Open interest (OI) tells us the degree to which traders in options and futures markets are considering trading in an asset, thus the term “interest.” In quantitative terms, it tells us how many contracts are still open in a particular market. As a gauge of the market’s strength, it reveals whether or not money is moving into or out of a specific contract.
An option or futures quote often displays open interest alongside the current price and volume. It’s important for traders to grasp how these factors relate. This will guide you in evaluating a futures or options transaction in the most accurate manner possible. In the eyes of traders, this is a significant quantity. It is a reliable signal that informs traders whether a market is becoming stronger or weakening.
Volume and OI have a close relationship in that they both show the amount of buying and selling that is backing the price movement. In order to better comprehend options and futures contracts, traders need to be aware of the relationship between these two metrics.
As more contracts come up in the market, the level of OI grows. It is a sign that investors are drawn to the traded asset. Therefore, this is often a signal of the impending rise in the price of an asset.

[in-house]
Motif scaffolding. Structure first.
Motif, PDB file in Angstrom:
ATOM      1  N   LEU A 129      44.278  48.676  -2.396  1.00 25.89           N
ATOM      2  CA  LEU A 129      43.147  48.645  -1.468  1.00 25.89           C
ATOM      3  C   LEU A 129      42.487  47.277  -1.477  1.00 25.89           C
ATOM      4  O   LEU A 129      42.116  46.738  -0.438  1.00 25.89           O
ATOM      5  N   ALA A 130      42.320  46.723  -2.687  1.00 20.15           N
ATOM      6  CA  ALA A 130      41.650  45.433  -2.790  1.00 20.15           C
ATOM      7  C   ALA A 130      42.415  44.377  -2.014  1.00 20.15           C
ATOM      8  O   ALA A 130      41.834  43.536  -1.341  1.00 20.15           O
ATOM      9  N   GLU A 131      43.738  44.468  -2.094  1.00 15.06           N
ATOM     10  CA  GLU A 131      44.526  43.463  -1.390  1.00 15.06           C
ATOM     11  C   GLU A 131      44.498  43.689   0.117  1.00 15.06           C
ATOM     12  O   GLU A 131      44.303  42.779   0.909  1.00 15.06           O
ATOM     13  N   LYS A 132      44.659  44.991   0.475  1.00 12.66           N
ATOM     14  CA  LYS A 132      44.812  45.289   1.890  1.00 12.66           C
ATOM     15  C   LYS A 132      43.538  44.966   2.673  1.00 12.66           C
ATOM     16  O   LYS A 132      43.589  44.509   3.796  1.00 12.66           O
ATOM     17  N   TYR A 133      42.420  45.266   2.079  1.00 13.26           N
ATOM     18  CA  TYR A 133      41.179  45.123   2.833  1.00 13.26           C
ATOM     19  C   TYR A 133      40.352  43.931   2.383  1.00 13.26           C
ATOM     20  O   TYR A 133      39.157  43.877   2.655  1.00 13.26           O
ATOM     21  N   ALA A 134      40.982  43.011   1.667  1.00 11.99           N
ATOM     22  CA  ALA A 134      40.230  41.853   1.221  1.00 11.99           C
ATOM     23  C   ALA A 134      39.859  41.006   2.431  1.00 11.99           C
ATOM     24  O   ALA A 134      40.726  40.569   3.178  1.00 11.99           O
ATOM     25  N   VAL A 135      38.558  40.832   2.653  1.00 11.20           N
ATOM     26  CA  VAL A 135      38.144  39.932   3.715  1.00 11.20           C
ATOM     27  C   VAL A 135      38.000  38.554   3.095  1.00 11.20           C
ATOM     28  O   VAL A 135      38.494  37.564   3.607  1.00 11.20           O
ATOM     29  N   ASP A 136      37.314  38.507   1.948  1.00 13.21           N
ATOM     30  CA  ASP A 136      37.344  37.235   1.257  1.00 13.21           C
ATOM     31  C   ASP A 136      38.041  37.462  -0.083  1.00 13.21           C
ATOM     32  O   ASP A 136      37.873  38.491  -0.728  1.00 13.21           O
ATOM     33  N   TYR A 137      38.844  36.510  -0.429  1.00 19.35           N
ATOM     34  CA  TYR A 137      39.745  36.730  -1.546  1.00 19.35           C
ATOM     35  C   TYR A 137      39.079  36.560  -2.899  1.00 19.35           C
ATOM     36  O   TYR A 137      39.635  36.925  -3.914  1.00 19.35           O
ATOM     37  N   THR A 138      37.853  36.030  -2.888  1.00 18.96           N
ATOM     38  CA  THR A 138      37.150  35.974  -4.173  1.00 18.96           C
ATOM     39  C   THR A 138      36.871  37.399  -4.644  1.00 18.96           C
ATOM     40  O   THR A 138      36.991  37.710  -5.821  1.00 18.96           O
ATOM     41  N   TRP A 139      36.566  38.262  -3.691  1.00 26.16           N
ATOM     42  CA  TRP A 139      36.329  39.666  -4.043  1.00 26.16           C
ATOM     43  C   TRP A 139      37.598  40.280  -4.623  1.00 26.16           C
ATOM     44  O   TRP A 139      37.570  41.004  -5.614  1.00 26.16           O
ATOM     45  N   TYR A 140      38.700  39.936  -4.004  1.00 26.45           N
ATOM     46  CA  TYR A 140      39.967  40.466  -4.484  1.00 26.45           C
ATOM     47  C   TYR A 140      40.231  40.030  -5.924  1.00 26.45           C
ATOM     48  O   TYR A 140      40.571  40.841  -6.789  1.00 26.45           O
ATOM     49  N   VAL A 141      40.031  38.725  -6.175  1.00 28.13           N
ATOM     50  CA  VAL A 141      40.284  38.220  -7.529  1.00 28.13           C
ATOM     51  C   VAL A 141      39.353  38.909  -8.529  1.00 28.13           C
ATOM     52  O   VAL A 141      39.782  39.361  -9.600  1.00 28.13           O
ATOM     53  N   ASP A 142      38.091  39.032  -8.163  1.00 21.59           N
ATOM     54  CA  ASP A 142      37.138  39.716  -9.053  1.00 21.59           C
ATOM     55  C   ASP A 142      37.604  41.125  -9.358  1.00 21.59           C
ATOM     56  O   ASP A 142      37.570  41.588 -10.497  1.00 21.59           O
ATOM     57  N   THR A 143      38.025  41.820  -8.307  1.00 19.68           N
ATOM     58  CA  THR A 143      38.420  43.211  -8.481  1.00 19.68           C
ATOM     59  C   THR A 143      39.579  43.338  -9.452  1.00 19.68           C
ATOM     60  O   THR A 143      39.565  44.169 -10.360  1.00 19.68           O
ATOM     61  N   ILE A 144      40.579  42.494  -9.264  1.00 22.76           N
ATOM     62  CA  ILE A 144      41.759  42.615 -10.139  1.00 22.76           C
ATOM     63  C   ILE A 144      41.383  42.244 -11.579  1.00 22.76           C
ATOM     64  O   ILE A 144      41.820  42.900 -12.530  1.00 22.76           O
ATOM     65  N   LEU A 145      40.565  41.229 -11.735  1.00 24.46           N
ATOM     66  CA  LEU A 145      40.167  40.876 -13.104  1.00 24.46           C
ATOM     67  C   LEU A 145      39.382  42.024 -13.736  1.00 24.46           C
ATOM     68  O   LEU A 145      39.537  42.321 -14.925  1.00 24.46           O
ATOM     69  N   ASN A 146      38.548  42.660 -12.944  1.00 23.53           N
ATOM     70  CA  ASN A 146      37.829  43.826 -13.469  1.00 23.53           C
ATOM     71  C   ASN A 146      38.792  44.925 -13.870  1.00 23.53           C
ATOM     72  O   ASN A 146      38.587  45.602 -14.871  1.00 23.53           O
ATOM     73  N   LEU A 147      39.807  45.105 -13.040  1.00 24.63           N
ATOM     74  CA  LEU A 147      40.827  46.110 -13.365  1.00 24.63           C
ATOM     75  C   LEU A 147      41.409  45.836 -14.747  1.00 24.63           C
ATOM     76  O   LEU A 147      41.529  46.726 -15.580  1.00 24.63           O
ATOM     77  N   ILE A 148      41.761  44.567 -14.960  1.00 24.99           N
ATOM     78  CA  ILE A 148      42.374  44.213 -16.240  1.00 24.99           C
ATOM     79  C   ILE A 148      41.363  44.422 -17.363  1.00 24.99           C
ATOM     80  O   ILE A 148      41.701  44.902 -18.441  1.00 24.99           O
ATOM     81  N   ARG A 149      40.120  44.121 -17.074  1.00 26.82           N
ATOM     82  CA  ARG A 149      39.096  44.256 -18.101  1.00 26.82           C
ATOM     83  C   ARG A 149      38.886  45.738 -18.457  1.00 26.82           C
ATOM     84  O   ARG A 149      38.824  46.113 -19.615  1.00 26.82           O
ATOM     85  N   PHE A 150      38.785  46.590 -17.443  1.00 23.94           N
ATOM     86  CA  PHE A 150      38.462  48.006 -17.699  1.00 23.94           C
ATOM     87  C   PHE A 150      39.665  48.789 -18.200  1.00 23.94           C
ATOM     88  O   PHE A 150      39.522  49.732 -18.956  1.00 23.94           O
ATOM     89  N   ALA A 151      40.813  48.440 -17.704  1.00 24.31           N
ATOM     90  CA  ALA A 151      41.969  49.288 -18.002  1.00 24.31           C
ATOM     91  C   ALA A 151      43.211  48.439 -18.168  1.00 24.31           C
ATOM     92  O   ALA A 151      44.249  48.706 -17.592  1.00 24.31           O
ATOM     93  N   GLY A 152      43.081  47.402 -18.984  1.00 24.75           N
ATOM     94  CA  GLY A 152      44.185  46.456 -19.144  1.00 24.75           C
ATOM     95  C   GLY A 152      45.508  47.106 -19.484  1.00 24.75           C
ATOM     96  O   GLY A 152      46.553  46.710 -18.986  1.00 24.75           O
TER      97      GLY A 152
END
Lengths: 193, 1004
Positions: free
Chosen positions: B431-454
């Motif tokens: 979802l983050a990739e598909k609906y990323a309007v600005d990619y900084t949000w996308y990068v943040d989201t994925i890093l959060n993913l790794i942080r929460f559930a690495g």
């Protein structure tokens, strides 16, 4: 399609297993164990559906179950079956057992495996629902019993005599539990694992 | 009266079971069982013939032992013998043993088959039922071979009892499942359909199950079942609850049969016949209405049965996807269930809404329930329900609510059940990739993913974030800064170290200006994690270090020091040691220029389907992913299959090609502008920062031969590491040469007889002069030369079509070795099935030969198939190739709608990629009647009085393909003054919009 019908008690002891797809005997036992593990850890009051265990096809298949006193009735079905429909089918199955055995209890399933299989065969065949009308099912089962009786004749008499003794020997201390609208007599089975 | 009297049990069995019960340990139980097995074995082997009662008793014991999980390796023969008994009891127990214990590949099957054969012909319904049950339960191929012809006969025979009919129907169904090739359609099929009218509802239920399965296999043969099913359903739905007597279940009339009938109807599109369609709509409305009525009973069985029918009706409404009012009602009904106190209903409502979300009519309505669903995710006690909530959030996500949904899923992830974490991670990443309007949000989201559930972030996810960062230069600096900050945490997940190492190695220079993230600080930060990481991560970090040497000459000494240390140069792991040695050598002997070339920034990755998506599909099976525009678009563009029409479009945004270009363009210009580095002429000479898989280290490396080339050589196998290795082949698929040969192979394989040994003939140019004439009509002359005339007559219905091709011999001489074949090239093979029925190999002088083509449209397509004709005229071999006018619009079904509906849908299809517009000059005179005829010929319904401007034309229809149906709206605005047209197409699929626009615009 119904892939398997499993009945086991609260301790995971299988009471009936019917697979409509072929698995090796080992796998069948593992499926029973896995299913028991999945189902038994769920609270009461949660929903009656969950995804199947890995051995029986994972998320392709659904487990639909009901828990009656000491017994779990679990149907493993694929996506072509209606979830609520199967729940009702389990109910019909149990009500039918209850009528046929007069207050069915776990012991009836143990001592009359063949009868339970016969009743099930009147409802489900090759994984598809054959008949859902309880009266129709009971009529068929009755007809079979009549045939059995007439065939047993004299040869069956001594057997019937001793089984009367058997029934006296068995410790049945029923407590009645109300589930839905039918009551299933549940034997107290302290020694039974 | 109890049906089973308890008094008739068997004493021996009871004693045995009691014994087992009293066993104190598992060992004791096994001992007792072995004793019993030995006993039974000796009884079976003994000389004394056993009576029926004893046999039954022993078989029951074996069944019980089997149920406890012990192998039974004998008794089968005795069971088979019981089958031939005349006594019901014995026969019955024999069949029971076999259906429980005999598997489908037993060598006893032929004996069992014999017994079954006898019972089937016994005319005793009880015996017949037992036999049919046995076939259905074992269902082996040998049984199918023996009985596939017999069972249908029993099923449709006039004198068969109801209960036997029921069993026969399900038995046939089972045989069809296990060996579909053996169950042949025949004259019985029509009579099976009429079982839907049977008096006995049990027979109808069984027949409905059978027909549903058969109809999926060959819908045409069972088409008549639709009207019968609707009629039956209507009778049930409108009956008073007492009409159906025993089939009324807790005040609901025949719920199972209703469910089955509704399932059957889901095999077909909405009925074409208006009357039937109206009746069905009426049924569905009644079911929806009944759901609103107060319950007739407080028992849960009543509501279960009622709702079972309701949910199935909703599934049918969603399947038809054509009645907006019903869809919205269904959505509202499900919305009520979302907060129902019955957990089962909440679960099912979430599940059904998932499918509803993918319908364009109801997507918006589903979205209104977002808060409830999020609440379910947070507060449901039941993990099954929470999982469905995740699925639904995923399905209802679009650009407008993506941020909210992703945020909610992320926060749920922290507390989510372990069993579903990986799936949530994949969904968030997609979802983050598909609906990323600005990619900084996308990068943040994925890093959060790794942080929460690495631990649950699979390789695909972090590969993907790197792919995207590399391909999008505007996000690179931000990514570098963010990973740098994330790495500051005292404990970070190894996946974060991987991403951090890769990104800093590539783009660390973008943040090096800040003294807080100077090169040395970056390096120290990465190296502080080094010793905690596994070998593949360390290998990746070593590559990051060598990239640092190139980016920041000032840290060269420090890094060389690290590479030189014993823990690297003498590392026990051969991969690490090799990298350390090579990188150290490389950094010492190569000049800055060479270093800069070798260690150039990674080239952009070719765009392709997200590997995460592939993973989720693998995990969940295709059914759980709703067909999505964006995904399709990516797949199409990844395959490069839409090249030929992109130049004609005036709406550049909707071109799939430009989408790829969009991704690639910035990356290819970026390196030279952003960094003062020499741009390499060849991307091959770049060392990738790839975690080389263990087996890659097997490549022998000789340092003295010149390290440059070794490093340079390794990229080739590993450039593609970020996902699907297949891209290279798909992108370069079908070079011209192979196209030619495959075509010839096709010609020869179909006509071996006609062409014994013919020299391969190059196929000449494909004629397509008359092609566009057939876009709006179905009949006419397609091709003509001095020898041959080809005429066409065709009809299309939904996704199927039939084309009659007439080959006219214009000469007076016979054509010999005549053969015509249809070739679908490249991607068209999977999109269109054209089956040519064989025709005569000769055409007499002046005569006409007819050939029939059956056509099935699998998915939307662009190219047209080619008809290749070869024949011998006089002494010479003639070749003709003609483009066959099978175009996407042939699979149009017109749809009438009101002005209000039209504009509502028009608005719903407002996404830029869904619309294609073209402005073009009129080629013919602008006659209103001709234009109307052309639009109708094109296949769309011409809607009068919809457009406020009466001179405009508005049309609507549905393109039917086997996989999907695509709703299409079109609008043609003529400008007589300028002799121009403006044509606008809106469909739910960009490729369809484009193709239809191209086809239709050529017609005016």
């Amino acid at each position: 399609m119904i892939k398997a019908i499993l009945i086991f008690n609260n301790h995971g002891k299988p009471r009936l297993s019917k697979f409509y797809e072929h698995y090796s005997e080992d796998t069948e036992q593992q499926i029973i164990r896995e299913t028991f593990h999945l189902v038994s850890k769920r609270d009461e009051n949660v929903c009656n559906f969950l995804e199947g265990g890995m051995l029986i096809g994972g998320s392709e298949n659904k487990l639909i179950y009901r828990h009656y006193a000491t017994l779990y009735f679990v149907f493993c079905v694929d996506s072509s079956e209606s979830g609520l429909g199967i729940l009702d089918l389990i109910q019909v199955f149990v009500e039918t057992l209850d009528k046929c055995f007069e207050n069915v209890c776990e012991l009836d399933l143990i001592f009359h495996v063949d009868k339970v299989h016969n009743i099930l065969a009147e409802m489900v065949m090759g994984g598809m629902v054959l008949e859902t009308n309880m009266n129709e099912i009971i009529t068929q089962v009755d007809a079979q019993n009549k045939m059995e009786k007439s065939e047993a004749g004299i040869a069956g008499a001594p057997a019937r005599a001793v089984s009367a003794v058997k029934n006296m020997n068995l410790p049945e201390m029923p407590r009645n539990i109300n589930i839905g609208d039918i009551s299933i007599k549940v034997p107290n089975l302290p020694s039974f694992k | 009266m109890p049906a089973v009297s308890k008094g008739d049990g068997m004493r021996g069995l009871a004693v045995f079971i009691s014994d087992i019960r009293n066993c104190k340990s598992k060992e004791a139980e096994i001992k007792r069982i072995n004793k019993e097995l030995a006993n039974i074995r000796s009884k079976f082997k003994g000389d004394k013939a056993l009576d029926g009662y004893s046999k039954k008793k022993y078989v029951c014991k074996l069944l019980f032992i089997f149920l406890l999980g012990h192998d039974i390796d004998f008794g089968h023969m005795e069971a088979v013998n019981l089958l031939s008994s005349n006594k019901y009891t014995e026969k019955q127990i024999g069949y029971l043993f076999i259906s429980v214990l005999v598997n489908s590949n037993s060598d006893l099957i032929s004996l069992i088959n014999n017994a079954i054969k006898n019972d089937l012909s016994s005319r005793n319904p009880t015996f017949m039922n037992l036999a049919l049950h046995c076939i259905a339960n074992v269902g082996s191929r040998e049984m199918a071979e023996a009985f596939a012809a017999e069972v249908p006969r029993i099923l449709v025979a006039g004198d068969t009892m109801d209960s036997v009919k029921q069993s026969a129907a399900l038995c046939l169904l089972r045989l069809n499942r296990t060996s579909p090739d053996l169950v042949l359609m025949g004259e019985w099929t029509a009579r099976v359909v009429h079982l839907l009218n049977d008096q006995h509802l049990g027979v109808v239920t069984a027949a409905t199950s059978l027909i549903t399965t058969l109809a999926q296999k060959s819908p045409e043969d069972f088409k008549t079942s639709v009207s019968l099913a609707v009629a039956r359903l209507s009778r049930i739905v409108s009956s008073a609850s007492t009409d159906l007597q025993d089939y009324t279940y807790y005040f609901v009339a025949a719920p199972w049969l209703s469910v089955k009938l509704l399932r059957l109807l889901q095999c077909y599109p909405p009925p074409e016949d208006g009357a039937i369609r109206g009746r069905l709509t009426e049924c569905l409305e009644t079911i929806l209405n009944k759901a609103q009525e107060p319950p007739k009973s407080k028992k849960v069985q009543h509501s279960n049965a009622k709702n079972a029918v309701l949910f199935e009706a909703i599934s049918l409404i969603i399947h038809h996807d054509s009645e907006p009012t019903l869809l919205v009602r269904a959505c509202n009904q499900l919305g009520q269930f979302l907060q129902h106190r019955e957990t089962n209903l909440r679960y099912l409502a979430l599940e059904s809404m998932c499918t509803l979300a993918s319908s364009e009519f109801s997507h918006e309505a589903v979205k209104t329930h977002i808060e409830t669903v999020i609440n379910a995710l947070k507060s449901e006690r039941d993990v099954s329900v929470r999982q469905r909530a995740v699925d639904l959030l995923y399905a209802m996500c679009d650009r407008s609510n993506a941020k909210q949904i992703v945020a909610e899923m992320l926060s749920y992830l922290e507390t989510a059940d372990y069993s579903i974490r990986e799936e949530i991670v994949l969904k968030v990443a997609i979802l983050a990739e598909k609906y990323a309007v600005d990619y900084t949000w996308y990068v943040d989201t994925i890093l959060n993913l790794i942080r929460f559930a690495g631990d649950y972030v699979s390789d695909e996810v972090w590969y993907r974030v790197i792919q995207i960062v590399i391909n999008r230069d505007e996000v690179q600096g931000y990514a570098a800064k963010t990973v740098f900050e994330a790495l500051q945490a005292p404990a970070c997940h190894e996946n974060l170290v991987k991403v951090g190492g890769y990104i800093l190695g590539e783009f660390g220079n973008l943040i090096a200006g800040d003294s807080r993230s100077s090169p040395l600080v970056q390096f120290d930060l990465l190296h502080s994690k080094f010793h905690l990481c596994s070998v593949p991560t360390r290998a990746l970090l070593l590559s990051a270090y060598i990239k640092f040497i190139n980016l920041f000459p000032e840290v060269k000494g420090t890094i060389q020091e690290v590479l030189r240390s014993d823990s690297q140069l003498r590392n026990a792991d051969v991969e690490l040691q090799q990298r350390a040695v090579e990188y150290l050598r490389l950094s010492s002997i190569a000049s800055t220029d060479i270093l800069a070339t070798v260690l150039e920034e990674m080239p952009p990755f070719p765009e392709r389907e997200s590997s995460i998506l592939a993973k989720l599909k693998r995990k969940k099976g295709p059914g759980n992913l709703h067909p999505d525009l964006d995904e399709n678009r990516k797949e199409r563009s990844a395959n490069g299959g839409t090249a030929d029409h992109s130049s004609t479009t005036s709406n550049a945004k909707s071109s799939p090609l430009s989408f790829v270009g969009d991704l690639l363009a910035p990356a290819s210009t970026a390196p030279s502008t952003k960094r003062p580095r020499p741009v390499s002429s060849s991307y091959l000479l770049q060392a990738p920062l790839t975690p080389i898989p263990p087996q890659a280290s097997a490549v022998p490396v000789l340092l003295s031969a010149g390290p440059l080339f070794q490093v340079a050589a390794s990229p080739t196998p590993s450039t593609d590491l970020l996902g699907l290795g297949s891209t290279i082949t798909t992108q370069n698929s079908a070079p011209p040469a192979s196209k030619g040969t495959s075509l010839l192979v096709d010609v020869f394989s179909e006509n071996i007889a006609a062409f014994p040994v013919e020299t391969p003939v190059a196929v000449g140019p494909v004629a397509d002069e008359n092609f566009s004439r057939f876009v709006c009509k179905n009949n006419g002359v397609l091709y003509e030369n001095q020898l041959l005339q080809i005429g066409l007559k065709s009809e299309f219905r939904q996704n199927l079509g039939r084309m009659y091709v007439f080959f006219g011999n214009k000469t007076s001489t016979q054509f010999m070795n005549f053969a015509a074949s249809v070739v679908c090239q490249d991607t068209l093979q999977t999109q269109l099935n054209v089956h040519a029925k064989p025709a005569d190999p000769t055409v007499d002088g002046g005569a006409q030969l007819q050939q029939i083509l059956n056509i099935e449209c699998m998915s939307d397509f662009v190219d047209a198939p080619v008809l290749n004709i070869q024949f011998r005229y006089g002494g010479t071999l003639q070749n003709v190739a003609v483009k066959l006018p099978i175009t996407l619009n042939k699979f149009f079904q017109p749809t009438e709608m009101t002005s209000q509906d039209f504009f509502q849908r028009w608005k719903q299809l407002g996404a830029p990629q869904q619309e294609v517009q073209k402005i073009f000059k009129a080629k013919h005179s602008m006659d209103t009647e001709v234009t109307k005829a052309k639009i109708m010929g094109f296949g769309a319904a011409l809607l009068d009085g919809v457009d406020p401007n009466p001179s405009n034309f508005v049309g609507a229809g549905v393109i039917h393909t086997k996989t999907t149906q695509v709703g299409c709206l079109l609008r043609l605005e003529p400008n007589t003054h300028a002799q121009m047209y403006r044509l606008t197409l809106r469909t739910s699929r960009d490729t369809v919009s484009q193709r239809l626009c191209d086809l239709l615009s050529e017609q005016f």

On the flipside, OI drops when buyers and sellers close out their holdings in current contracts. It means that investors have become less inclined to take fresh positions.
As a trader or investor, when you are in the loop about the levels of trading in the market, either in the form of Commitments of Traders or by actual completed transactions, you can assume an advantageous position. This kind of data may not tell you the actual happenings around the price actions of an asset, but they serve as good indicators of potential price direction.
Consider the following scenario: the open interest in the futures contract for commodity X is zero on day one. An investor purchases 10 contracts on the second day of trading. This means that the OI has risen from zero to 10.
Then on day 3 there was the closure of five contracts and the opening of 10 more. This results in a rise in open interest to 15.
The daily volume takes into account all transactions, regardless of how little or large they may be. One of the best indicators of market activity is trading volume, which directly reflects the value of a security’s liquidity.
Rising volume denotes that more traders and investors have taken an interest in an asset. A spike in trading volume gives a direction for investors to make their decisions.
Suppose that in the first session of trading, there was no trade in the contract for the contract in the example above, with a strike price of $10 and an expiration of four weeks. This would result in zero (0) trading volume.
Let’s assume that in the second session, an investor bought 20 futures contracts. This would result in a trading volume of 20.
Interpreting open interest (OI)
Analysts can assess the strength of a market trend based on OI. As OI rises, the trend is likely to continue; as it falls, the trend may be weakening. The assumption is that traders are backing the trend. In contrast, when it falls, traders lose confidence in the current trend direction.